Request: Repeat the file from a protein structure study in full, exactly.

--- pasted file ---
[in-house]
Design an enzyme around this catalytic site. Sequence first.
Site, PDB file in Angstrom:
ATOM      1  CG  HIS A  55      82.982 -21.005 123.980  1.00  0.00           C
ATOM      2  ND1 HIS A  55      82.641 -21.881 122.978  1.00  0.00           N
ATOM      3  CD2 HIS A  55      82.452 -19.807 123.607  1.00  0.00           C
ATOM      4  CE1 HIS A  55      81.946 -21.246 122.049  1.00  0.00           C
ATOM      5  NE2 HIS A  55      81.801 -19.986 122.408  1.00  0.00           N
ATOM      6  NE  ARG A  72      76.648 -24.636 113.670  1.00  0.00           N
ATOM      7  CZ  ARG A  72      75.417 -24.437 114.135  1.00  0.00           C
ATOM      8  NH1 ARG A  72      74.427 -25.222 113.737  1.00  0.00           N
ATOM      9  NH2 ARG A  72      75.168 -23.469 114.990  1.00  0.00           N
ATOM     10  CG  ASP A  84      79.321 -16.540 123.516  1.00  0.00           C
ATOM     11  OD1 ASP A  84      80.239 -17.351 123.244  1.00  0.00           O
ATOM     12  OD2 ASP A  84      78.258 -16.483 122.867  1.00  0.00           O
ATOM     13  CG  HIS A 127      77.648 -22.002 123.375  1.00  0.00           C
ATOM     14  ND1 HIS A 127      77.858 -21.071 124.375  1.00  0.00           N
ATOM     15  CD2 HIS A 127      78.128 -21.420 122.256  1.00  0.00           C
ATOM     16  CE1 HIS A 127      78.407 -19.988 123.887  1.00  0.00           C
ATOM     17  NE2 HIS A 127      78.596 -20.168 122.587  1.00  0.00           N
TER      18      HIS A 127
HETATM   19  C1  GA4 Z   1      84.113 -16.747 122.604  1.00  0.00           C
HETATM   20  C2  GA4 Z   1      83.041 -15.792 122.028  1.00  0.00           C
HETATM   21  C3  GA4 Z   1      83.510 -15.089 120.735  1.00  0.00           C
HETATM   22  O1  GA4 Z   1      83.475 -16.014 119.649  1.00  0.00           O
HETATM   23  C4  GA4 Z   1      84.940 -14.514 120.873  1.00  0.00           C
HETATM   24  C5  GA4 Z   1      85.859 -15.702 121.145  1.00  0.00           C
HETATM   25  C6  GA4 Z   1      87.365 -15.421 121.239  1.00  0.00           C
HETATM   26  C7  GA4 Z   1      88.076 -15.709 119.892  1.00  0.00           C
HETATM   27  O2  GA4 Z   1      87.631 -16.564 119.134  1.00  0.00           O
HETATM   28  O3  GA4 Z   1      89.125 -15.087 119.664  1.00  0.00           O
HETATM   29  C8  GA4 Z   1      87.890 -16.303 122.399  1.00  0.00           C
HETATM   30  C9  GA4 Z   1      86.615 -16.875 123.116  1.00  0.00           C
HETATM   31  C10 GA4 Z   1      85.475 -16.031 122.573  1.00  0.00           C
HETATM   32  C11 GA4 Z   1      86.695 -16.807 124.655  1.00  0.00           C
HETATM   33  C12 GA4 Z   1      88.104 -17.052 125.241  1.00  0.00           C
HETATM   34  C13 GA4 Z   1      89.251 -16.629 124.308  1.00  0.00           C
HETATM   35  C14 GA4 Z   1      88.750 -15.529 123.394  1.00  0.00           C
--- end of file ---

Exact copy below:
[in-house]
Design an enzyme around this catalytic site. Sequence first.
Site, PDB file in Angstrom:
ATOM      1  CG  HIS A  55      82.982 -21.005 123.980  1.00  0.00           C
ATOM      2  ND1 HIS A  55      82.641 -21.881 122.978  1.00  0.00           N
ATOM      3  CD2 HIS A  55      82.452 -19.807 123.607  1.00  0.00           C
ATOM      4  CE1 HIS A  55      81.946 -21.246 122.049  1.00  0.00           C
ATOM      5  NE2 HIS A  55      81.801 -19.986 122.408  1.00  0.00           N
ATOM      6  NE  ARG A  72      76.648 -24.636 113.670  1.00  0.00           N
ATOM      7  CZ  ARG A  72      75.417 -24.437 114.135  1.00  0.00           C
ATOM      8  NH1 ARG A  72      74.427 -25.222 113.737  1.00  0.00           N
ATOM      9  NH2 ARG A  72      75.168 -23.469 114.990  1.00  0.00           N
ATOM     10  CG  ASP A  84      79.321 -16.540 123.516  1.00  0.00           C
ATOM     11  OD1 ASP A  84      80.239 -17.351 123.244  1.00  0.00           O
ATOM     12  OD2 ASP A  84      78.258 -16.483 122.867  1.00  0.00           O
ATOM     13  CG  HIS A 127      77.648 -22.002 123.375  1.00  0.00           C
ATOM     14  ND1 HIS A 127      77.858 -21.071 124.375  1.00  0.00           N
ATOM     15  CD2 HIS A 127      78.128 -21.420 122.256  1.00  0.00           C
ATOM     16  CE1 HIS A 127      78.407 -19.988 123.887  1.00  0.00           C
ATOM     17  NE2 HIS A 127      78.596 -20.168 122.587  1.00  0.00           N
TER      18      HIS A 127
HETATM   19  C1  GA4 Z   1      84.113 -16.747 122.604  1.00  0.00           C
HETATM   20  C2  GA4 Z   1      83.041 -15.792 122.028  1.00  0.00           C
HETATM   21  C3  GA4 Z   1      83.510 -15.089 120.735  1.00  0.00           C
HETATM   22  O1  GA4 Z   1      83.475 -16.014 119.649  1.00  0.00           O
HETATM   23  C4  GA4 Z   1      84.940 -14.514 120.873  1.00  0.00           C
HETATM   24  C5  GA4 Z   1      85.859 -15.702 121.145  1.00  0.00           C
HETATM   25  C6  GA4 Z   1      87.365 -15.421 121.239  1.00  0.00           C
HETATM   26  C7  GA4 Z   1      88.076 -15.709 119.892  1.00  0.00           C
HETATM   27  O2  GA4 Z   1      87.631 -16.564 119.134  1.00  0.00           O
HETATM   28  O3  GA4 Z   1      89.125 -15.087 119.664  1.00  0.00           O
HETATM   29  C8  GA4 Z   1      87.890 -16.303 122.399  1.00  0.00           C
HETATM   30  C9  GA4 Z   1      86.615 -16.875 123.116  1.00  0.00           C
HETATM   31  C10 GA4 Z   1      85.475 -16.031 122.573  1.00  0.00           C
HETATM   32  C11 GA4 Z   1      86.695 -16.807 124.655  1.00  0.00           C
HETATM   33  C12 GA4 Z   1      88.104 -17.052 125.241  1.00  0.00           C
HETATM   34  C13 GA4 Z   1      89.251 -16.629 124.308  1.00  0.00           C
HETATM   35  C14 GA4 Z   1      88.750 -15.529 123.394  1.00  0.00           C